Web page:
Diagnosis of Cirrhosis
How do doctors diagnose cirrhosis?
If your doctor suspects that you have cirrhosis, they may make a diagnosis based on your medical history, a physical exam, and the results of blood tests and imaging tests.
Family and medical history
When taking your medical history, your doctor may ask about
- any recent changes in weight or appetite
- alcohol use
- prescription and over-the-counter medicines or herbal supplements you take
Your doctor may also ask if you have a family history of health conditions, including liver conditions.
In a physical exam, your doctor will
- look for jaundice, or a yellowish tint to the whites of your eyes and skin
- check your skin for rashes and legs for swelling
- use a stethoscope to listen to your heart, lungs, and abdomen—or belly
- tap or press on different areas of your abdomen to check for swelling or tenderness
- check to see if your liver has become larger
- check your outstretched hands for tremor
What tests do doctors use to diagnose cirrhosis?
Your doctor may recommend the following blood tests
- liver tests that can show if liver enzyme levels are higher or lower than normal, which may be a sign of liver damage. Your doctor may suspect cirrhosis if you have
- complete blood count, which can show signs of infection and anemia that may be caused by internal bleeding.
- tests for viral infections to see if you have hepatitis B or hepatitis C.
- tests for autoimmune liver conditions, which include the anti-nuclear antibody (ANA), anti-smooth muscle antibody (SMA), and anti-mitochondrial antibody (AMA) tests.
Based on the blood test results, your doctor may be able to diagnose certain causes of cirrhosis.
Your doctor can use blood tests to tell how serious cirrhosis is.
Imaging tests can show the size, shape, and texture of the liver and show how much fat is in the liver. Some tests can also measure the stiffness of the liver. Cirrhosis increases liver stiffness. Your doctor may use one or more of the following imaging tests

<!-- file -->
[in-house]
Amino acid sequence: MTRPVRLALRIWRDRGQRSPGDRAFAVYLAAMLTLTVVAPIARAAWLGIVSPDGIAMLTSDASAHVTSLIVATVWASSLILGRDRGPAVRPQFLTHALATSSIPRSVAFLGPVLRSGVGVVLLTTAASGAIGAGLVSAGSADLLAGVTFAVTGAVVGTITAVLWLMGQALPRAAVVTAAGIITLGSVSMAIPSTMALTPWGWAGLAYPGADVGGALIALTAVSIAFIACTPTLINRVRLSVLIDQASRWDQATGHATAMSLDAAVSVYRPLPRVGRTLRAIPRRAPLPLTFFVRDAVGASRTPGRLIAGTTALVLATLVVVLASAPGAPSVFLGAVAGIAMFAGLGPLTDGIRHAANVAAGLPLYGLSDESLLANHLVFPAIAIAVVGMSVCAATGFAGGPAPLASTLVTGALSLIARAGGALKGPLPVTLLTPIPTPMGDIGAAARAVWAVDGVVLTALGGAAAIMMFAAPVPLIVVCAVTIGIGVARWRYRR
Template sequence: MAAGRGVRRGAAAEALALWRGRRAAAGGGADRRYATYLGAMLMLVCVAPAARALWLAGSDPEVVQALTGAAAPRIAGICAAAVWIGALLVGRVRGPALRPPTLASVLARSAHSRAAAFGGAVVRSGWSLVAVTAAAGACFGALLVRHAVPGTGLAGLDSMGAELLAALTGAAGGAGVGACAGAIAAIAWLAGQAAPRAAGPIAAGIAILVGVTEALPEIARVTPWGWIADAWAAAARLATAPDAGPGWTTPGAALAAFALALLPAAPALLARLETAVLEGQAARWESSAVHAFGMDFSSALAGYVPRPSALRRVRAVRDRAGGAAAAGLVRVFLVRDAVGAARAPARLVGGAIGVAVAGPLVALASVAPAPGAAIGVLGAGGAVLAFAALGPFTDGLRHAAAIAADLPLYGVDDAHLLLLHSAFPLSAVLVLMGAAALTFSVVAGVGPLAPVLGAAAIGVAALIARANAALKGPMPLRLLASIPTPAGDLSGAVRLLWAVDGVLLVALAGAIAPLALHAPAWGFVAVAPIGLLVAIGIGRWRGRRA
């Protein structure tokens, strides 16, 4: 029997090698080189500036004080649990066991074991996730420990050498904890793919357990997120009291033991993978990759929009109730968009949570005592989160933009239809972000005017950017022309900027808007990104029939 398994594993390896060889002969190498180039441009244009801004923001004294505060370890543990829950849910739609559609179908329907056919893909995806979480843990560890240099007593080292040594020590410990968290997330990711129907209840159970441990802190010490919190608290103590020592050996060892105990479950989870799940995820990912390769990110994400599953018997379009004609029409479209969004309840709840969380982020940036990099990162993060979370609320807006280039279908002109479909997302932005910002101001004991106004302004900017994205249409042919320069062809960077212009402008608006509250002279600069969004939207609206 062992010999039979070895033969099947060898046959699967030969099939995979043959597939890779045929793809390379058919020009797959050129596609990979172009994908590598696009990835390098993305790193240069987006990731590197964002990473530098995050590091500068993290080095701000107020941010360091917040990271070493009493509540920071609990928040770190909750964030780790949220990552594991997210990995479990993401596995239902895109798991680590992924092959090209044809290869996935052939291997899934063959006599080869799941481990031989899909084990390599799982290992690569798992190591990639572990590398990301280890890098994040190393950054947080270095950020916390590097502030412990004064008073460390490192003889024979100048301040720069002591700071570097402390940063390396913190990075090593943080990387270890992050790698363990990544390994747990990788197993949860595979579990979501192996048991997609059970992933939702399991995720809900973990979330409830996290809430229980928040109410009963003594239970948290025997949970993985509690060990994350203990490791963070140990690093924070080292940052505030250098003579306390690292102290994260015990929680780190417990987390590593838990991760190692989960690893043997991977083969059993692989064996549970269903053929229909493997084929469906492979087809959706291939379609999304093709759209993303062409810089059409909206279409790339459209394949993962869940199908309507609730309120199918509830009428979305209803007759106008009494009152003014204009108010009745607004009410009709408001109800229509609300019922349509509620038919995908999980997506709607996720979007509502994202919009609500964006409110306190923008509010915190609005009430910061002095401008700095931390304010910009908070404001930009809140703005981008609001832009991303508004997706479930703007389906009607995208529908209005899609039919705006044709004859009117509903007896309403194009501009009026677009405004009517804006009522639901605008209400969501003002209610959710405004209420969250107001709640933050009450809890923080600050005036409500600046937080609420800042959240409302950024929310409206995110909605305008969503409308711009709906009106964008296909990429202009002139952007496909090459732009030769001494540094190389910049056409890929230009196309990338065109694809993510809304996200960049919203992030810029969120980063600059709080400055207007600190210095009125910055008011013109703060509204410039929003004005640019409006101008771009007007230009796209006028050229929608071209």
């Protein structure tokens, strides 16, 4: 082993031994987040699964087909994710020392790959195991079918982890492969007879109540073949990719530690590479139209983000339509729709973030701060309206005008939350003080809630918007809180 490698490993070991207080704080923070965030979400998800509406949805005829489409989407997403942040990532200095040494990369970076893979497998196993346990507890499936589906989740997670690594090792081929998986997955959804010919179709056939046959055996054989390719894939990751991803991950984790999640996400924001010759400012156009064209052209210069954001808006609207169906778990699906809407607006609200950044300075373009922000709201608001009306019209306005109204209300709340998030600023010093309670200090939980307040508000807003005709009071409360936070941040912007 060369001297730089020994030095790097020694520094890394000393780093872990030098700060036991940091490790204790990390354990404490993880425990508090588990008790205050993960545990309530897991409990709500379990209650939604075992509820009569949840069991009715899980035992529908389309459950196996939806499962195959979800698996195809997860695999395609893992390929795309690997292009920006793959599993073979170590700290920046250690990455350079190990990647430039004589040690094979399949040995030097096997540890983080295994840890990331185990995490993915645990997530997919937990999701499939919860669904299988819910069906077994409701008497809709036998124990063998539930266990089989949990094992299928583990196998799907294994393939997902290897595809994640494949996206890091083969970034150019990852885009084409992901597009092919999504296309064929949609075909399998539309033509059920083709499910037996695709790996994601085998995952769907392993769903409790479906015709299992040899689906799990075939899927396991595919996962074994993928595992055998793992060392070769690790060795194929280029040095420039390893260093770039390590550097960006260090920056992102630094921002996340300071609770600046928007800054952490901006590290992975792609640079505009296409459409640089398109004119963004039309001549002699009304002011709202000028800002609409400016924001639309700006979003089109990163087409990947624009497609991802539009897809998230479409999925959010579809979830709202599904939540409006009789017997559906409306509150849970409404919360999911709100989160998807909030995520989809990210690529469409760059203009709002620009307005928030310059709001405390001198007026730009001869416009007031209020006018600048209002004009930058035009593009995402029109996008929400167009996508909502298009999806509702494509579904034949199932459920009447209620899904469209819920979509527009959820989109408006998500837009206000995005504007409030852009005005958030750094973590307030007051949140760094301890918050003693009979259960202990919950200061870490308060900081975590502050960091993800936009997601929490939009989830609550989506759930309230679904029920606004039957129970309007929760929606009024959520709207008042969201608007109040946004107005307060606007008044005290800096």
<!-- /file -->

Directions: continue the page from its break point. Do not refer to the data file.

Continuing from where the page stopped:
- ultrasound uses a hand-held device, called a transducer, that bounces safe, painless sound waves off organs to create an image of their structure.
- magnetic resonance imaging (MRI) uses radio waves and magnets to produce detailed images of organs and soft tissues without using x-rays.
- x-ray tests, such as computed tomography (CT) scans, use a combination of x-rays and computer technology to create images of the liver.
- elastography, a special test that measures the stiffness of the liver. An increase in liver stiffness may be a sign of fibrosis, or scarring. Your doctor can use stiffness measures to see if you may have cirrhosis and whether liver scarring is getting better or worse.
Your doctor may perform a liver biopsy to see how much scarring is in your liver. A liver biopsy can diagnose cirrhosis when the results of other tests are uncertain. The biopsy may also help your doctor identify the cause of cirrhosis and determine whether you need treatment.
During a liver biopsy, a doctor will use a needle to take small pieces of tissue from the liver. A pathologist will examine the tissue under a microscope.
This content is provided as a service of the National Institute of Diabetes and Digestive and Kidney Diseases
(NIDDK), part of the National Institutes of Health. NIDDK translates and disseminates research findings to increase knowledge and understanding about health and disease among patients, health professionals, and the public. Content produced by NIDDK is carefully reviewed by NIDDK scientists and other experts.